There's been a place in my heart for the quirky and idiosyncratic ever since I first heard the Incredible String Band, and Elle Osborne's latest - the wonderfully-titled If You See a Rook on Its Own, It's a Crow - has just crawled into that place and made itself comfortable.
OK, her voice is a bit fragile in places, but that just adds to the charm of this minimalist production - at times she's almost chanting over a backing of just light guitar-plucking and a drum kit. I know this sounds odd for a folk-based (I use the term loosely) release, but, in some songs - notably Stolen Goods - she reminds me of an ethereal version of Lou Reed.
There's humour and imagination here too, just check out some of the titles: Birds of the British Isles, No Hoof, No Horse (positively Ivor Cutler-ish), The Taming of the Shrewd.
I notice from her website that she's shared a stage with Alasdair Roberts, and she takes a similarly oblique approach to her songwriting. Some of the sound pictures she paints in fact recall Amble Skuze's contributions to the What News album she recorded with Alasdair. These are not themes you find on your normal, everyday folk CD.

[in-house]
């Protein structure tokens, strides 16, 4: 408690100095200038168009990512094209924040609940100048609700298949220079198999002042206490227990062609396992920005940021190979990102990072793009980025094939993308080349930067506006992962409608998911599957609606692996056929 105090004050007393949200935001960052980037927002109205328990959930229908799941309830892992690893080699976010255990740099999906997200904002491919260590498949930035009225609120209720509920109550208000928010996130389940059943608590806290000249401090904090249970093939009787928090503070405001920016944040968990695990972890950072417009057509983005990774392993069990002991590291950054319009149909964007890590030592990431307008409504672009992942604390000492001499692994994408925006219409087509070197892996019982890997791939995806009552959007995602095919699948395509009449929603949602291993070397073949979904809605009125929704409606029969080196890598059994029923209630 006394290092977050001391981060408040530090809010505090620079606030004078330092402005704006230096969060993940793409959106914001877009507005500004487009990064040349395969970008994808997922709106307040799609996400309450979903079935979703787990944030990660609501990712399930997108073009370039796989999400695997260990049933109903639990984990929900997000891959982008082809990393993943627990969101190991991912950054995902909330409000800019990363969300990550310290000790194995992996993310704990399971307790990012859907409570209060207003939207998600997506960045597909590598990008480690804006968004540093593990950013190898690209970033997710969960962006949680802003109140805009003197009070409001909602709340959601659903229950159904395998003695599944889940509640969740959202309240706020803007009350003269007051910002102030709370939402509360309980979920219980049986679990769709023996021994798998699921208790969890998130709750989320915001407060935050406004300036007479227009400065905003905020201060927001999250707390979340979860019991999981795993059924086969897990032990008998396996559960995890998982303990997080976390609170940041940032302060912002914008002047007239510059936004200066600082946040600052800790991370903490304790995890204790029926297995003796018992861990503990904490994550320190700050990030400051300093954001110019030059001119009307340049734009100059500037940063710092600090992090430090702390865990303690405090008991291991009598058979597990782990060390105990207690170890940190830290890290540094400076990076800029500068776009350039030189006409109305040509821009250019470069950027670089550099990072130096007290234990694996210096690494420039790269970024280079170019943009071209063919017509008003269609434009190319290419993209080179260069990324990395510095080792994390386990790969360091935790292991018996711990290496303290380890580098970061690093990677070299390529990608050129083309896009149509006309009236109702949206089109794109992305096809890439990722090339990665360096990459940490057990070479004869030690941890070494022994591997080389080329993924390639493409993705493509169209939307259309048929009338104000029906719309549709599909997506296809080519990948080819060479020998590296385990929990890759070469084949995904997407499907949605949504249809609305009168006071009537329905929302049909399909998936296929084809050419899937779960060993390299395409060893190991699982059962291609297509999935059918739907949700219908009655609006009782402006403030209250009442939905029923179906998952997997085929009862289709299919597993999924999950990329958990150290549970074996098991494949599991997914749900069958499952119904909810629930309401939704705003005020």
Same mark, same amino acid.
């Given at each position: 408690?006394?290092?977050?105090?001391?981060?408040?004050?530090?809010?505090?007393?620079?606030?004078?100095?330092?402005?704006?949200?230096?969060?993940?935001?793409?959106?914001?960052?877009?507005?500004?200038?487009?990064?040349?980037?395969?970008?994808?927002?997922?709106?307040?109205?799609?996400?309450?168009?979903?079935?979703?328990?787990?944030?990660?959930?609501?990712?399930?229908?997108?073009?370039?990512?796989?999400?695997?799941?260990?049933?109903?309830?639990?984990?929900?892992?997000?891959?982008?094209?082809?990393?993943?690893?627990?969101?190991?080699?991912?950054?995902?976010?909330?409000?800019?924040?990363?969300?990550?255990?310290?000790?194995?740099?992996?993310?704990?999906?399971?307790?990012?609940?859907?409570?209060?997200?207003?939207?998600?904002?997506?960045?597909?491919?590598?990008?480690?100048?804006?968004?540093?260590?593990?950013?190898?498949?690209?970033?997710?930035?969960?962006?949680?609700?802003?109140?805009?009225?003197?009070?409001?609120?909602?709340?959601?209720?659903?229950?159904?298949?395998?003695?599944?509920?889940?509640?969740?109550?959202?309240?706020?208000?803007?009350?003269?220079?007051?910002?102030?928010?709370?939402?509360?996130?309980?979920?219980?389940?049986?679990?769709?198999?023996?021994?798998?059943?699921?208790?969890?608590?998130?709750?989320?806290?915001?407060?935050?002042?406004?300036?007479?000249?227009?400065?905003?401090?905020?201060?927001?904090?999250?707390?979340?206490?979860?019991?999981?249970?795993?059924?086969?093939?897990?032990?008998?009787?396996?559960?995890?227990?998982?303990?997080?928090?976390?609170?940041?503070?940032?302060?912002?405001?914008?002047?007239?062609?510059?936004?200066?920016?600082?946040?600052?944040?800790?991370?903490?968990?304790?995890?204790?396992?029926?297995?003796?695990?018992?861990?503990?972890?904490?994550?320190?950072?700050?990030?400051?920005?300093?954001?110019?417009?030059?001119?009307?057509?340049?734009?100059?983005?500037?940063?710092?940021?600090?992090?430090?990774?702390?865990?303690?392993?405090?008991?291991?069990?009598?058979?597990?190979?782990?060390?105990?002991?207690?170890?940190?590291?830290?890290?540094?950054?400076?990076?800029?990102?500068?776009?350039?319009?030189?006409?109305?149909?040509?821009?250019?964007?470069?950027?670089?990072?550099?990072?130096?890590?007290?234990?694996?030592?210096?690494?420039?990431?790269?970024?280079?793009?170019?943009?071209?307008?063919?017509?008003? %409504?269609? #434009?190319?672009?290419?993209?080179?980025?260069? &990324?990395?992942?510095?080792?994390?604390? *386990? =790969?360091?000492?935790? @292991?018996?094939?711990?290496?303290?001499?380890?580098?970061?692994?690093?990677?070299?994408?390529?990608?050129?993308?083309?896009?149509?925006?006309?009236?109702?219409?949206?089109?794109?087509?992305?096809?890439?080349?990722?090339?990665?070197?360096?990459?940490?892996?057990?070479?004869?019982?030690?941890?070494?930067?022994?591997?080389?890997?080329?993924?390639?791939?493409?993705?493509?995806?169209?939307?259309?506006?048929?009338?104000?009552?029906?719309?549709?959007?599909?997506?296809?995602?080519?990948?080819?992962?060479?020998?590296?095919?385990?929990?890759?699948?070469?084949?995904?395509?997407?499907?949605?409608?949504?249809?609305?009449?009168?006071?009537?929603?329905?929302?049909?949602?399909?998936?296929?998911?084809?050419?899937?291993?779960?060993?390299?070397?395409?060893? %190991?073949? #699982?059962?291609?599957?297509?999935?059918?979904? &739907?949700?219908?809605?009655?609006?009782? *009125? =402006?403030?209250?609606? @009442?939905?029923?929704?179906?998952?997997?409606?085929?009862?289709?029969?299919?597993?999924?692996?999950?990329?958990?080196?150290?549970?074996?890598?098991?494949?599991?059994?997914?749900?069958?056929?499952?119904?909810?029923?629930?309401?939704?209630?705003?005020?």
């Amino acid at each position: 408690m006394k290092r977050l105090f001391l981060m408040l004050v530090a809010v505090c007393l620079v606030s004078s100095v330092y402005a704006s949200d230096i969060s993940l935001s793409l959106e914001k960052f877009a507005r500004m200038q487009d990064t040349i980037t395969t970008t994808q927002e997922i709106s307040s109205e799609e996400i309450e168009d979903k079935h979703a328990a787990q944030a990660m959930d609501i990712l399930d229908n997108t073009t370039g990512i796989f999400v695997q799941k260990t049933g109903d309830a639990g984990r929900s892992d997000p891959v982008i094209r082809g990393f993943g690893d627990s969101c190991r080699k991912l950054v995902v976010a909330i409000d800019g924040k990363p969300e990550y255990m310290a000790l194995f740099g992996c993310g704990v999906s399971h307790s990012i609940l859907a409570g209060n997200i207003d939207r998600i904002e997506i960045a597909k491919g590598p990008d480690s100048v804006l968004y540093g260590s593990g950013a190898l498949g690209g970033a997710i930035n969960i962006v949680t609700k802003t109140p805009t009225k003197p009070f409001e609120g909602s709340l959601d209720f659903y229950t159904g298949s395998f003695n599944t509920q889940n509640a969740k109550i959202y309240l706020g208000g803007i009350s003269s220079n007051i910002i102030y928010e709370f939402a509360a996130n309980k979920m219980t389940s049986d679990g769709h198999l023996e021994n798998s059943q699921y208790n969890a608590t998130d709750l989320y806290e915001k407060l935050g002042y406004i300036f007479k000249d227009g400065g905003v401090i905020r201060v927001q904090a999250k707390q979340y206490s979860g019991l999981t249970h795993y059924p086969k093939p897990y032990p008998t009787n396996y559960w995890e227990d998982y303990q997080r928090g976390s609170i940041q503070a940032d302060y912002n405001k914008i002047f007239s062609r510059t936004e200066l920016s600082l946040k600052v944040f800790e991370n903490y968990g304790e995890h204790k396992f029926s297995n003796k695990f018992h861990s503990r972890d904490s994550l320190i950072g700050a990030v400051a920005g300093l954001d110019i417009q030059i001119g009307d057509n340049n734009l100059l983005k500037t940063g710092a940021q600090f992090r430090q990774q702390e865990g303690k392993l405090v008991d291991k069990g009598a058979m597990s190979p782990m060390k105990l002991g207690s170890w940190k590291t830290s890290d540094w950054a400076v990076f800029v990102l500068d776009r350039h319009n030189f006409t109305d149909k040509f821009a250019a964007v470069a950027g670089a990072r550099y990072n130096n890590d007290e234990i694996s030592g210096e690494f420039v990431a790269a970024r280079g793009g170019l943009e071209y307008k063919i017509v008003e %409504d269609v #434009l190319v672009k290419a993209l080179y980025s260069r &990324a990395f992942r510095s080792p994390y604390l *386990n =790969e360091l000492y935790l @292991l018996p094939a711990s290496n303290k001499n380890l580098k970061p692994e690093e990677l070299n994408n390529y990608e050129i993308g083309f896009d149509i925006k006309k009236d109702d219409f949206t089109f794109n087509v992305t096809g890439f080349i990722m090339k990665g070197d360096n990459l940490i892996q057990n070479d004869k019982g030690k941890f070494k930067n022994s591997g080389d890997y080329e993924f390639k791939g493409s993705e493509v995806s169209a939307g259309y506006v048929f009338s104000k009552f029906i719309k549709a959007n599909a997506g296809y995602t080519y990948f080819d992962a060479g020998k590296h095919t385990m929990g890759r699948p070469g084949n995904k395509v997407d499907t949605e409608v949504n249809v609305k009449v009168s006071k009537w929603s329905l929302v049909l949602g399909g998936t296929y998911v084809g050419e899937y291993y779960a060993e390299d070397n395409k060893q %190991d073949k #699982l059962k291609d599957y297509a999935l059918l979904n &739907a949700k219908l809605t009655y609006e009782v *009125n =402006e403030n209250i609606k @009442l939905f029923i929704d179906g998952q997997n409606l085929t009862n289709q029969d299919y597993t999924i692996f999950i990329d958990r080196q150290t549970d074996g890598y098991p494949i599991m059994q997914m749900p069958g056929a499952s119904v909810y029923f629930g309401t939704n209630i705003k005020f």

So, if you're looking for a singalong set, this isn't it. What it IS is a marvellously evocative series of sound poems that amuse, intrigue, soothe, and stimulate. Atmosphere: that's the word.
|Kirsty Merryn: Our Bright Night||Charlie Grey and Joseph Peach: Live In Concert|
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